Inside the Rockingham County Voter Registrar office, the sound of ringing phones could be heard from down the hall as voters called in to ask questions early Friday morning.
It was the first day Virginians could vote early in-person and by mid-morning, 67 county residents and 81 city residents had cast their ballot and walked away with a voting sticker 46 days before the November election.
“This is the earliest I’ve ever voted,” said one city resident after casting his ballot around 11:30 a.m.
After the first day was over, the final vote count was 224 in Rockingham County and roughly 180 in Harrisonburg.
As of Thursday evening, 25,450 city residents and 53,419 county residents were registered to vote in the upcoming election, according to data provided by both Bill Ney, spokesman and vice chair of the Harrisonburg Electoral Board, and Lisa Gooden, director of elections for Rockingham County.
Compared to the number of registered voters and Friday’s turnout, 0.42% of county voters and 0.70% of city voters cast a ballot.
Early in-person voting locations opened at 8 a.m. Friday and both city and county officials said there were voters waiting to be the first to cast a ballot.
Ney said when he arrived to City Hall at 7:30 a.m., there was one person already waiting to vote.
“They wanted to be the first person to vote,” he said.
By 8 a.m., both city and county polling locations had a handful of voters ready to cast their ballots, but turnout would remain steady throughout the day.
Betty Owens, chief officer for the county’s polling location, said the morning was slow, but picked up toward the afternoon. Owens admitted that she expected more people to show up for the first day of early in-person voting, but anticipated it to pick up.
“With elections you never know when people will show up,” she said.
Rosemarie Palmer and Charlie Raisner, both of Bridgewater, sported voting stickers after casting their ballots at the Rockingham County Administration Center.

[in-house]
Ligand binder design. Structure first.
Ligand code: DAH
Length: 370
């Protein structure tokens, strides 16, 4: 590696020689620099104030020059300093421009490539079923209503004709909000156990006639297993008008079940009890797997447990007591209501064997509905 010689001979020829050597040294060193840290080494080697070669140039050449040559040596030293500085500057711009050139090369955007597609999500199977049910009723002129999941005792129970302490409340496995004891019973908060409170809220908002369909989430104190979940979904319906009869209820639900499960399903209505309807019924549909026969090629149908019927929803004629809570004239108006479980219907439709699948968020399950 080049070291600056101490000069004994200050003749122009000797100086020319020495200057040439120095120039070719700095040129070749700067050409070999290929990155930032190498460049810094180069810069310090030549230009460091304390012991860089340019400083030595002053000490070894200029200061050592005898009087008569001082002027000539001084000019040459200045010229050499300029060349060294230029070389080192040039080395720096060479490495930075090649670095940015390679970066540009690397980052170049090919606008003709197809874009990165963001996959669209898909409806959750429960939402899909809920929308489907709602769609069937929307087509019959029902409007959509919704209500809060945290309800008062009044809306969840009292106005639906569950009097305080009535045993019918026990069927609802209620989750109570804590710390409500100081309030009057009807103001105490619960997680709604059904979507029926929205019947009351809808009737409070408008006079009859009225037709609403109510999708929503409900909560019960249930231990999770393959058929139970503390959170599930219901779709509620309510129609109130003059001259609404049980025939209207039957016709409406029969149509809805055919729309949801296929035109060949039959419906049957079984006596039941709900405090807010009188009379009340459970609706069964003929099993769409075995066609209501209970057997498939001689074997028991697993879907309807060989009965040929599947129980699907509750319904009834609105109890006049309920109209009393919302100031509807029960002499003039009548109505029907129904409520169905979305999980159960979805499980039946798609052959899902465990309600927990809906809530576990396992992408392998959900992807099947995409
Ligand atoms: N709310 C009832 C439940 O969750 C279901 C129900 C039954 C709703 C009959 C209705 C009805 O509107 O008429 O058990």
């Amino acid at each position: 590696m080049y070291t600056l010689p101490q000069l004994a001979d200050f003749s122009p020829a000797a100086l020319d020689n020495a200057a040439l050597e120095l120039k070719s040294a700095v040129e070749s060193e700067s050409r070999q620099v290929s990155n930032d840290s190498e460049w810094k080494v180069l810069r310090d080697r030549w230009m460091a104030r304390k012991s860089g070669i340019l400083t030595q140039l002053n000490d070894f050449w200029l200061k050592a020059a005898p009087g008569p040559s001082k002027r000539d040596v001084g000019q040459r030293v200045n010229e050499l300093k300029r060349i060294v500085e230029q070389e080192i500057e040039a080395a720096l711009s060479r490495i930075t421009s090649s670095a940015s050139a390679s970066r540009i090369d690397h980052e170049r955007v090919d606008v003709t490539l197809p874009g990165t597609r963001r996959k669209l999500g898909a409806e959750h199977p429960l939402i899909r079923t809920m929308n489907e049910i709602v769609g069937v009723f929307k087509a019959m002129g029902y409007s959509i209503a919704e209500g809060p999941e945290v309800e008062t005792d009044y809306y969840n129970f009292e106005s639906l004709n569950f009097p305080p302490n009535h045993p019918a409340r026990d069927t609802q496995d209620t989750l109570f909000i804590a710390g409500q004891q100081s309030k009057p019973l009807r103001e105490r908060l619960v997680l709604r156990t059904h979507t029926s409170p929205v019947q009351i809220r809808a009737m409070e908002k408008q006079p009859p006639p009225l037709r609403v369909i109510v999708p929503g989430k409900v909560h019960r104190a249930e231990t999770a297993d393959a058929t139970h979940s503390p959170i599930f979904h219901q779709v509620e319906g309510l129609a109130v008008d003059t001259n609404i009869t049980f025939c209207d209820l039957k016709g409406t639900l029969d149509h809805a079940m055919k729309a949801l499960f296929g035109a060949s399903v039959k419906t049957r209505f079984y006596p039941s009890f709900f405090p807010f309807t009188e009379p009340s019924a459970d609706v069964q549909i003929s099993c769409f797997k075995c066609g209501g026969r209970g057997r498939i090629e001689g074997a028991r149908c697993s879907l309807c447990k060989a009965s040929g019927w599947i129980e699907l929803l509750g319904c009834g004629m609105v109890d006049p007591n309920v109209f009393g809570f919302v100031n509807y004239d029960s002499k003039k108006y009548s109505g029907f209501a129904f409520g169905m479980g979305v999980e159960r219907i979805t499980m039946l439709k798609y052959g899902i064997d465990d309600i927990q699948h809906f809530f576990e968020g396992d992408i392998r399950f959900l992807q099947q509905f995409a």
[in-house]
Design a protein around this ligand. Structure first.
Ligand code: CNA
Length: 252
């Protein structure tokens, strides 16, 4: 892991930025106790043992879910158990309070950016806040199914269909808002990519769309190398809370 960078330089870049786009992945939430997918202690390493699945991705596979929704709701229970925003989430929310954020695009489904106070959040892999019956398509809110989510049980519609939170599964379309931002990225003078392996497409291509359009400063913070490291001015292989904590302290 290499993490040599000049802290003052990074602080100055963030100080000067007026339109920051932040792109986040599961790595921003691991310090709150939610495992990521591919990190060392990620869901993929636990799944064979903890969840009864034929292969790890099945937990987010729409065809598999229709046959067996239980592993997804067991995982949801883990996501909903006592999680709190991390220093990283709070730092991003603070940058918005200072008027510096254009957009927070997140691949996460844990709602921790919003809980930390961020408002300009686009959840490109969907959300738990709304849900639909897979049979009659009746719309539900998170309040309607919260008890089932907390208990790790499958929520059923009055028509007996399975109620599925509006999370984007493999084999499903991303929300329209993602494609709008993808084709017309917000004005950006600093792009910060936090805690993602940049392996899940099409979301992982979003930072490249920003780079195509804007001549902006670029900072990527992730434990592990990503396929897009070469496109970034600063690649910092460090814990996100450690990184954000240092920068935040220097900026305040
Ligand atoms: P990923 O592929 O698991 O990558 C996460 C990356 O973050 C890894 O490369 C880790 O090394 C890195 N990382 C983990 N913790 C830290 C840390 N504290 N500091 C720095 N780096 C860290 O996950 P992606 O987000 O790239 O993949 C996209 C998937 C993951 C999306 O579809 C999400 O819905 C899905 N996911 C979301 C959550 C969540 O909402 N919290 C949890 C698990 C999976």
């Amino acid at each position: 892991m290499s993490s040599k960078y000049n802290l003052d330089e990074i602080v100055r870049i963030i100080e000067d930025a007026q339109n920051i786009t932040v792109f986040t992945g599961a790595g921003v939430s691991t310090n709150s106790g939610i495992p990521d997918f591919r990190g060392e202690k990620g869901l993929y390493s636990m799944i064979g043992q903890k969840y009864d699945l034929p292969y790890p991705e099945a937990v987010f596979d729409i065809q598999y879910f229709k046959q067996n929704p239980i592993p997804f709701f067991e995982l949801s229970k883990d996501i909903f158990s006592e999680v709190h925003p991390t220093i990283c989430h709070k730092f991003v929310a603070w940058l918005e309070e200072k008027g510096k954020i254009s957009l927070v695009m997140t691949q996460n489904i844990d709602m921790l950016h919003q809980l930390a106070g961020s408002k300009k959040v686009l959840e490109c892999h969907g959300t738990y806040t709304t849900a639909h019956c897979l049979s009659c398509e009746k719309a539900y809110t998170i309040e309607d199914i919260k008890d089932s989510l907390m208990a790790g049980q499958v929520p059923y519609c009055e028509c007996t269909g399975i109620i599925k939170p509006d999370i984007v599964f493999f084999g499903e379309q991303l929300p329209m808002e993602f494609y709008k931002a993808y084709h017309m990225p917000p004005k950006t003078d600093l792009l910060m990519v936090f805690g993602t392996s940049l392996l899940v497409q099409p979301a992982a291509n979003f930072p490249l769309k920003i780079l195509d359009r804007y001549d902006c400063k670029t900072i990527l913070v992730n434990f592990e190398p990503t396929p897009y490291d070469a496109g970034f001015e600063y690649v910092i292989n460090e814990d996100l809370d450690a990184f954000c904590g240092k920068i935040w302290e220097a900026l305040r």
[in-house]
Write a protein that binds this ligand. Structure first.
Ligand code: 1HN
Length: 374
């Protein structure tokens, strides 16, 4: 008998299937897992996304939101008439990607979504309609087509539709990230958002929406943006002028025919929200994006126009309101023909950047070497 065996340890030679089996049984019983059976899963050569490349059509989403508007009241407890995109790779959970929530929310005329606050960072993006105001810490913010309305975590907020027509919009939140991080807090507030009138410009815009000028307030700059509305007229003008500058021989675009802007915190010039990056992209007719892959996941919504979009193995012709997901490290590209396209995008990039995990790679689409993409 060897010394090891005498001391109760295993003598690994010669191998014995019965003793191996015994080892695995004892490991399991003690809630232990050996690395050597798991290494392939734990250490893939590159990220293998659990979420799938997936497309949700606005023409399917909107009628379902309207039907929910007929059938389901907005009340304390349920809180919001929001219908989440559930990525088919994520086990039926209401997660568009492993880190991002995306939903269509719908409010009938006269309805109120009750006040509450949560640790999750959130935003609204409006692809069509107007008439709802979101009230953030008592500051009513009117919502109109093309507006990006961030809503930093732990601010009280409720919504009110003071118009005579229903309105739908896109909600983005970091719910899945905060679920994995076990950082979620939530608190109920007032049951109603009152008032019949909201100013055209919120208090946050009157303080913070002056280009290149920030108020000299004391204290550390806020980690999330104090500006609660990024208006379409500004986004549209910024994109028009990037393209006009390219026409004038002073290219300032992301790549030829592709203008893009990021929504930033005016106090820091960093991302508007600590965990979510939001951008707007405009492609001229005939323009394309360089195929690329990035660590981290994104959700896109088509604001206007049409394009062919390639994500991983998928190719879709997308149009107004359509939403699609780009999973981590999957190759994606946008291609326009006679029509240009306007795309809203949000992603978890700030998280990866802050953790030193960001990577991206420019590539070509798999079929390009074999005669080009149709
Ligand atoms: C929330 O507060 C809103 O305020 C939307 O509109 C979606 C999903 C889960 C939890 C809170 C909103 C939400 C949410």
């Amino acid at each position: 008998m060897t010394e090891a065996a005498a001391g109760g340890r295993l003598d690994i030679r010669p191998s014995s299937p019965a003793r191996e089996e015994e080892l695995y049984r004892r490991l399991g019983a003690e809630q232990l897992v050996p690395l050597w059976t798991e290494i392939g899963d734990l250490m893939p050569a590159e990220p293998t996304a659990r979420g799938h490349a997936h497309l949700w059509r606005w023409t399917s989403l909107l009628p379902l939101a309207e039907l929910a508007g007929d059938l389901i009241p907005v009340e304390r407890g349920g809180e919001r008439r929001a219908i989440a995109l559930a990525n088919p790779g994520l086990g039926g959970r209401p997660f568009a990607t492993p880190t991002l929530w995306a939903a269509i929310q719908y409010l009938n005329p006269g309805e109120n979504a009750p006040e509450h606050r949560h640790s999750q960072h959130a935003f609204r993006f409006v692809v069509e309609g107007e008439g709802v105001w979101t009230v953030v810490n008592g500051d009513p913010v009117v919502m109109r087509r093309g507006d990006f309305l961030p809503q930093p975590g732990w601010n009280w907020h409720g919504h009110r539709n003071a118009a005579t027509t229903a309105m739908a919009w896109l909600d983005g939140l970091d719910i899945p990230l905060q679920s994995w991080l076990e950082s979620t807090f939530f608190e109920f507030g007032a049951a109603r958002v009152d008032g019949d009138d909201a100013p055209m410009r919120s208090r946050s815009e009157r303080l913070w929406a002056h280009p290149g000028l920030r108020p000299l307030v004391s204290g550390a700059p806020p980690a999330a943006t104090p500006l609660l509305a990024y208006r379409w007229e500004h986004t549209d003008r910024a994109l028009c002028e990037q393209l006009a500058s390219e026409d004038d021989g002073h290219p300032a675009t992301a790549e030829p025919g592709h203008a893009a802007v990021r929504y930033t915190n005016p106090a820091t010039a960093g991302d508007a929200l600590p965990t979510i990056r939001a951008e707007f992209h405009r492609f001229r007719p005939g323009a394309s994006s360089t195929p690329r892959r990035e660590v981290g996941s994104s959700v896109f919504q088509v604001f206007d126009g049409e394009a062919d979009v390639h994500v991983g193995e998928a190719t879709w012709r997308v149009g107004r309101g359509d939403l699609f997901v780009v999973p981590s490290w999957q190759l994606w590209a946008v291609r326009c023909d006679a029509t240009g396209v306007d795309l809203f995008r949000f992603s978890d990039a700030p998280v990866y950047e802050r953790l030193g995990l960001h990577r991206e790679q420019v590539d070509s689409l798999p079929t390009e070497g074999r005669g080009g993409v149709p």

Palmer and Raisner said they both had voted absentee before and relatively knew what to expect this year.
“[Early in-person voting] is easier this way,” Palmer said. “It was very well organized and quick and easy to do.”
Palmer and Raisner are residents of Bridgewater Retirement Community and said it would be easy to bring a few vans filled with other residents to come and vote early.
“I definitely would recommend voting early,” Palmer said. “And be aware of the [Virginia Constitutional] amendments.”
Palmer and Raisner said they were unaware of the two constitutional amendments included on the ballot and had to read a pamphlet provided by the county before casting their vote.
The first amendment relates to establishing a redistricting commission consisting of eight members of the Virginia General Assembly and eight citizens of the commonwealth. The commission would be responsible for drawing the congressional and state legislative districts.
The second amendment asks if an automobile or pickup truck owned and used by or for a veteran of the United States armed forces or Virginia National Guard who has 100% service-connected, permanent and total disability should be free from state and local taxation.
During the afternoon, voter turnout had increased slightly with 138 county residents and 114 city residents casting a ballot before 1:30 p.m. By early evening, the county received 215 ballots and city received 176 ballots before 4:30 p.m.
The last day to vote early in-person is Oct. 31 and any registered voter can vote early in-person. Registered voters will not need to show a photo ID to poll workers when going to vote due to legislation passed by the General Assembly and signed by Gov. Ralph Northam, which went into effect on July 1.
“You have 45 days to find a time to vote,” Ney said. “You don’t have to worry about crowds.”
Early in-person voting locations will be open Monday to Friday from 8 a.m. to 5 p.m. and the Saturdays of Oct. 24 and 31 from 8 a.m. to 4 p.m.
Oct. 13 is the last day to register to vote in the November election, Gooden said.